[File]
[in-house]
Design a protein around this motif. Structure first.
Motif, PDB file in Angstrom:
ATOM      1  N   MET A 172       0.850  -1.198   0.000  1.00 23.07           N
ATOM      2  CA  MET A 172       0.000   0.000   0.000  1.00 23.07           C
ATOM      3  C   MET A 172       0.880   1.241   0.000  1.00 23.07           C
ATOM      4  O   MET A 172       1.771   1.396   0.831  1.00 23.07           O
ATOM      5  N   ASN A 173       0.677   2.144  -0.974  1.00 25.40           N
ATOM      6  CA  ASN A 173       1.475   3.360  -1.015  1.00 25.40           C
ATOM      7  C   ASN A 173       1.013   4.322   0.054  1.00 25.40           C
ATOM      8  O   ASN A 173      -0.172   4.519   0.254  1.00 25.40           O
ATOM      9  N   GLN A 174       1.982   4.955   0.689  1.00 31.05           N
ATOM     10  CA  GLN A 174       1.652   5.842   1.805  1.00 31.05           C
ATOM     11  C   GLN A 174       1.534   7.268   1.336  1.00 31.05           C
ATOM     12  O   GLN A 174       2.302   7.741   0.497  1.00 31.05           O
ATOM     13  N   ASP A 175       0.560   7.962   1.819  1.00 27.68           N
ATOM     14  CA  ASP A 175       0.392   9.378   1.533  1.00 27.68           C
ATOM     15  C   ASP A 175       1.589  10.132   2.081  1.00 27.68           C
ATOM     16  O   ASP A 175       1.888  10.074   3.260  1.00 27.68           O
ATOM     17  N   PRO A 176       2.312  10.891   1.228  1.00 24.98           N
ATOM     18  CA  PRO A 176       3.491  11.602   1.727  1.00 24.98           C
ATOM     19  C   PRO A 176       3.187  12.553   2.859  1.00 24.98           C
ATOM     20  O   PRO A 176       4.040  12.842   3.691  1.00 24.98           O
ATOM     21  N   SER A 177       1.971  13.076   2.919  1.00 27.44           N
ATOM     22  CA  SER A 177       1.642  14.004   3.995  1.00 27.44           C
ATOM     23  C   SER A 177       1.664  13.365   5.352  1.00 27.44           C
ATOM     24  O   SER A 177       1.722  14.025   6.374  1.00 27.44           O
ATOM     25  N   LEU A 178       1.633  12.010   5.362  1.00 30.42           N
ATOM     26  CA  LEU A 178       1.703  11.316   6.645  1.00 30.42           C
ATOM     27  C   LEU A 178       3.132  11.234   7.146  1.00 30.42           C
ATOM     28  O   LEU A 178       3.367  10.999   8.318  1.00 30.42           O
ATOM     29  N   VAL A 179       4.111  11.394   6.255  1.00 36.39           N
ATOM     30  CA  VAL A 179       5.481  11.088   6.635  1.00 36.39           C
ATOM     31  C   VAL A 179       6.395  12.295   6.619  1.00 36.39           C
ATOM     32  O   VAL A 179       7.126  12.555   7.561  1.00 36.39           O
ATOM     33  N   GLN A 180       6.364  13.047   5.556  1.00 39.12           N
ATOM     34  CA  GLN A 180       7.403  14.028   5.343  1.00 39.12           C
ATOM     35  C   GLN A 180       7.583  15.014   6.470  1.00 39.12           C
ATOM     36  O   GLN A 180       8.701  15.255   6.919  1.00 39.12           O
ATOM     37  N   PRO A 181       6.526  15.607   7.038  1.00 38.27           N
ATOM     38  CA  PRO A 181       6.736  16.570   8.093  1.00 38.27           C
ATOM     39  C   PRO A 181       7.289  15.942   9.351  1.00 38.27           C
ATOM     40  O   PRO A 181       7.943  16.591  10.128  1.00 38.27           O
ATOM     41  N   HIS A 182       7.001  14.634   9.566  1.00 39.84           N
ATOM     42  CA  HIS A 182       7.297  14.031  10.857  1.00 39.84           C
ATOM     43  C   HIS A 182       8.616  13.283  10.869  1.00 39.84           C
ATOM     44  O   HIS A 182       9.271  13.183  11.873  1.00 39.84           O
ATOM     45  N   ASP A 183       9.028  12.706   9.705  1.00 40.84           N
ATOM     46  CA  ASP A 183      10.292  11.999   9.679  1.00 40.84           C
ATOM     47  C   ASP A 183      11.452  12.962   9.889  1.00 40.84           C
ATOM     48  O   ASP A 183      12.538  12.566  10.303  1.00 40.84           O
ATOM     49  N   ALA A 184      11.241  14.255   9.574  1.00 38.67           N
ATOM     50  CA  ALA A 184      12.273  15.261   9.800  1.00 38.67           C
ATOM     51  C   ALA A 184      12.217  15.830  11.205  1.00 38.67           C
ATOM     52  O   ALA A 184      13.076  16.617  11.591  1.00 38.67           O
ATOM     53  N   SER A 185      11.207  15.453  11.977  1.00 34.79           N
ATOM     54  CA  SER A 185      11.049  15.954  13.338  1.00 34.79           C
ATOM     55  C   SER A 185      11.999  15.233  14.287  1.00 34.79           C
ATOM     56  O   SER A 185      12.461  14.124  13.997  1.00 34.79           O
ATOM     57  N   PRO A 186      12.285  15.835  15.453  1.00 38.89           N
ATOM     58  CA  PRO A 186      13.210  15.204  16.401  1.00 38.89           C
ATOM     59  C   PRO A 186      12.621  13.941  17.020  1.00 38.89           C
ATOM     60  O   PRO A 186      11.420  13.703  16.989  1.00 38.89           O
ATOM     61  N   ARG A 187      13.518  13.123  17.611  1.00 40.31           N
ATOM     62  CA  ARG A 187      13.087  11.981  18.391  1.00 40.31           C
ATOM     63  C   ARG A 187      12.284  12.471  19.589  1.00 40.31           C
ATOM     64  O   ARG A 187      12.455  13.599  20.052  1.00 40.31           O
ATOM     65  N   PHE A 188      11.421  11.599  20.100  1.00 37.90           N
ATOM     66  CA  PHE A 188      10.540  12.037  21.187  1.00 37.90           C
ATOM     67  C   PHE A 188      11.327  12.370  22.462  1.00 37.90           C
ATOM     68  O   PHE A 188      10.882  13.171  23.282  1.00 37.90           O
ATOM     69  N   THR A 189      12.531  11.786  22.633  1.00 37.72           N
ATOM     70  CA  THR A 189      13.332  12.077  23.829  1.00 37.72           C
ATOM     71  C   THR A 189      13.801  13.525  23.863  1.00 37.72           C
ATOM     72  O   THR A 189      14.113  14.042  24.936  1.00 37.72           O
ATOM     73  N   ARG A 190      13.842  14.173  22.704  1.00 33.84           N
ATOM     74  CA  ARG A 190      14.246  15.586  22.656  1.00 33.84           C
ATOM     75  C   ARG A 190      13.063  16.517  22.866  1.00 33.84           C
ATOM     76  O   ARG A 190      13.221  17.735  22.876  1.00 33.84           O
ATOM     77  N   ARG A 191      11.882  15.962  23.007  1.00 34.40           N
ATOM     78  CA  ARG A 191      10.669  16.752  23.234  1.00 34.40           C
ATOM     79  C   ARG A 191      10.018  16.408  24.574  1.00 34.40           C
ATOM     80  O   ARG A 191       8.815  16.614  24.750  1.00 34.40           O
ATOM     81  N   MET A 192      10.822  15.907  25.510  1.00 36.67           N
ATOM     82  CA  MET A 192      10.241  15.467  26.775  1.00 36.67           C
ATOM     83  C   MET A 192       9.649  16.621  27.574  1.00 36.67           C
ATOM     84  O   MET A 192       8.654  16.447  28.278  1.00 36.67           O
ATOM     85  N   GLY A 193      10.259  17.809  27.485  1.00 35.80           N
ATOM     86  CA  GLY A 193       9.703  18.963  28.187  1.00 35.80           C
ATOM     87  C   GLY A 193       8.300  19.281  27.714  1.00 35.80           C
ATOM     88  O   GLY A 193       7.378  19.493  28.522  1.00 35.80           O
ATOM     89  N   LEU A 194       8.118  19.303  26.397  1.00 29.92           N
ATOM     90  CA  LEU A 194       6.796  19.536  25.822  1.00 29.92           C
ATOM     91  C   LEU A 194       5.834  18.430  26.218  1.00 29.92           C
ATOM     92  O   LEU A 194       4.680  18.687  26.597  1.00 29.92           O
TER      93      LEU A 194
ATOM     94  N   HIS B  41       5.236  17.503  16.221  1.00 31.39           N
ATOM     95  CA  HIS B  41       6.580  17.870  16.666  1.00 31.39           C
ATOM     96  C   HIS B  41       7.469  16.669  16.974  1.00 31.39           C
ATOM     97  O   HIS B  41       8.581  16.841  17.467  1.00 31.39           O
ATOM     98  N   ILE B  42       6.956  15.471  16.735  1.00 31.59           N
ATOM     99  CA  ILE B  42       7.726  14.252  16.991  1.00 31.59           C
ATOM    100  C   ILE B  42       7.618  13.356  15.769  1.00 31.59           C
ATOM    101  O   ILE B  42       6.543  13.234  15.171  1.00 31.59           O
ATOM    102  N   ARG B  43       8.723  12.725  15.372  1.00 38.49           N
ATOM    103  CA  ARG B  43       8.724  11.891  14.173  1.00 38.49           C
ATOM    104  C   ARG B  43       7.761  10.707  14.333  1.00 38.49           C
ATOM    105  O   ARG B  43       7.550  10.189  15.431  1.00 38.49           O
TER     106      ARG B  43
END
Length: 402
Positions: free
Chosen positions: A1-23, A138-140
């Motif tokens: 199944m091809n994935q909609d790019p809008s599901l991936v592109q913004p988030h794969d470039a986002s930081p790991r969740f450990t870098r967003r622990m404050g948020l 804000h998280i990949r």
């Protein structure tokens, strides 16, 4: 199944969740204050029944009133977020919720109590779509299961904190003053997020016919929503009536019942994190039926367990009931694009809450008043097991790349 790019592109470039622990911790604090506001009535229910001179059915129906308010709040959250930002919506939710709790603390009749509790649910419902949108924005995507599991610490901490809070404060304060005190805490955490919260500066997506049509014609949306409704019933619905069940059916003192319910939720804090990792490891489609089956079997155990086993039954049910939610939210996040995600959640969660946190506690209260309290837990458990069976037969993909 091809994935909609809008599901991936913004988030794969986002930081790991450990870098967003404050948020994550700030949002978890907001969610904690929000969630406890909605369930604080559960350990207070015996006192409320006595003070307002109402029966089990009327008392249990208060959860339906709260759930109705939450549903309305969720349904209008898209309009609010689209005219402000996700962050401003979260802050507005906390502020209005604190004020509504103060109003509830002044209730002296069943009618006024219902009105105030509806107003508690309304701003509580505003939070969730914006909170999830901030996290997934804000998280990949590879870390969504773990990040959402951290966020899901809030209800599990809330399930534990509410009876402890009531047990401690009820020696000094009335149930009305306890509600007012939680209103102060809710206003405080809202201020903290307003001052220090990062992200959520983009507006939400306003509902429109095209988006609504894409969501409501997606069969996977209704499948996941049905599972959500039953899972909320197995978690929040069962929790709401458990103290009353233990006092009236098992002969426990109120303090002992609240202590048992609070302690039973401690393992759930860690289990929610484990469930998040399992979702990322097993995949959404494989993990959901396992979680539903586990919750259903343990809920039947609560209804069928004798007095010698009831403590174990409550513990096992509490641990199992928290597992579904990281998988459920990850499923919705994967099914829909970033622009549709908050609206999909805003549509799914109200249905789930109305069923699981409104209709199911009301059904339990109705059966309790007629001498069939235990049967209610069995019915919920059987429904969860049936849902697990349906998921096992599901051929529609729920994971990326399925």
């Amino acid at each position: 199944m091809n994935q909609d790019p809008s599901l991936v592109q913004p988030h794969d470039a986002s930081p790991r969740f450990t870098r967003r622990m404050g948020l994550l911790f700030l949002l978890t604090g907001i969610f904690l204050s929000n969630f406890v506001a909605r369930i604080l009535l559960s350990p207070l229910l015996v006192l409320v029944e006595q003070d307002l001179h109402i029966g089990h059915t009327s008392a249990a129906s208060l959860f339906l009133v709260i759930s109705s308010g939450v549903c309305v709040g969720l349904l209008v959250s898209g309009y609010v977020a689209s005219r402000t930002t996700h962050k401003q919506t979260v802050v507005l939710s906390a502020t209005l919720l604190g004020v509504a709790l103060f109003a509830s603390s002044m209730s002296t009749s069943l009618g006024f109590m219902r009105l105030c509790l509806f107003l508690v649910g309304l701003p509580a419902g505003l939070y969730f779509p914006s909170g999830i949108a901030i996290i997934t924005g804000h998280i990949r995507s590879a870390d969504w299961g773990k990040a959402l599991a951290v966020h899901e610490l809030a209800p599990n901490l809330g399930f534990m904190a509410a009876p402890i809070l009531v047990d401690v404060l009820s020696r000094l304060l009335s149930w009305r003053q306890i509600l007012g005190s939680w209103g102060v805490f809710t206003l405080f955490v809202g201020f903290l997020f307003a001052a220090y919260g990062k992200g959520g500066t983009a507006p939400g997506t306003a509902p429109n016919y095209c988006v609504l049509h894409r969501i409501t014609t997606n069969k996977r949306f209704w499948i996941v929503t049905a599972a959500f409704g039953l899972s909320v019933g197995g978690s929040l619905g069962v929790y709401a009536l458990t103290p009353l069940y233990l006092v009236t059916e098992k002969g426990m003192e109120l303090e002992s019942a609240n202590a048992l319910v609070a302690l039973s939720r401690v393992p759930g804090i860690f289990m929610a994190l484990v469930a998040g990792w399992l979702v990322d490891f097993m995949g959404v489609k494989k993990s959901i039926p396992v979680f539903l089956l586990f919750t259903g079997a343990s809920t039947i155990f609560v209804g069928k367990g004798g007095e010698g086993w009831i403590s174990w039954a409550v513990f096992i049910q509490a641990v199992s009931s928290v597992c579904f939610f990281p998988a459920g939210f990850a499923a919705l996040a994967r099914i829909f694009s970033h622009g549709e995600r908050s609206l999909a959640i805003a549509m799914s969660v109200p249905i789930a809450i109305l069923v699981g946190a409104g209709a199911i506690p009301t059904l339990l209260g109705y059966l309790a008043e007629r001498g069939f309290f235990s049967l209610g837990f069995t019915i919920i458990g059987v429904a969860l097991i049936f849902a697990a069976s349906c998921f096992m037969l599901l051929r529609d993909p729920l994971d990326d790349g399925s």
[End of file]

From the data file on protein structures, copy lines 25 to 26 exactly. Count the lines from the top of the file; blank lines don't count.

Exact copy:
ATOM     22  CA  SER A 177       1.642  14.004   3.995  1.00 27.44           C
ATOM     23  C   SER A 177       1.664  13.365   5.352  1.00 27.44           C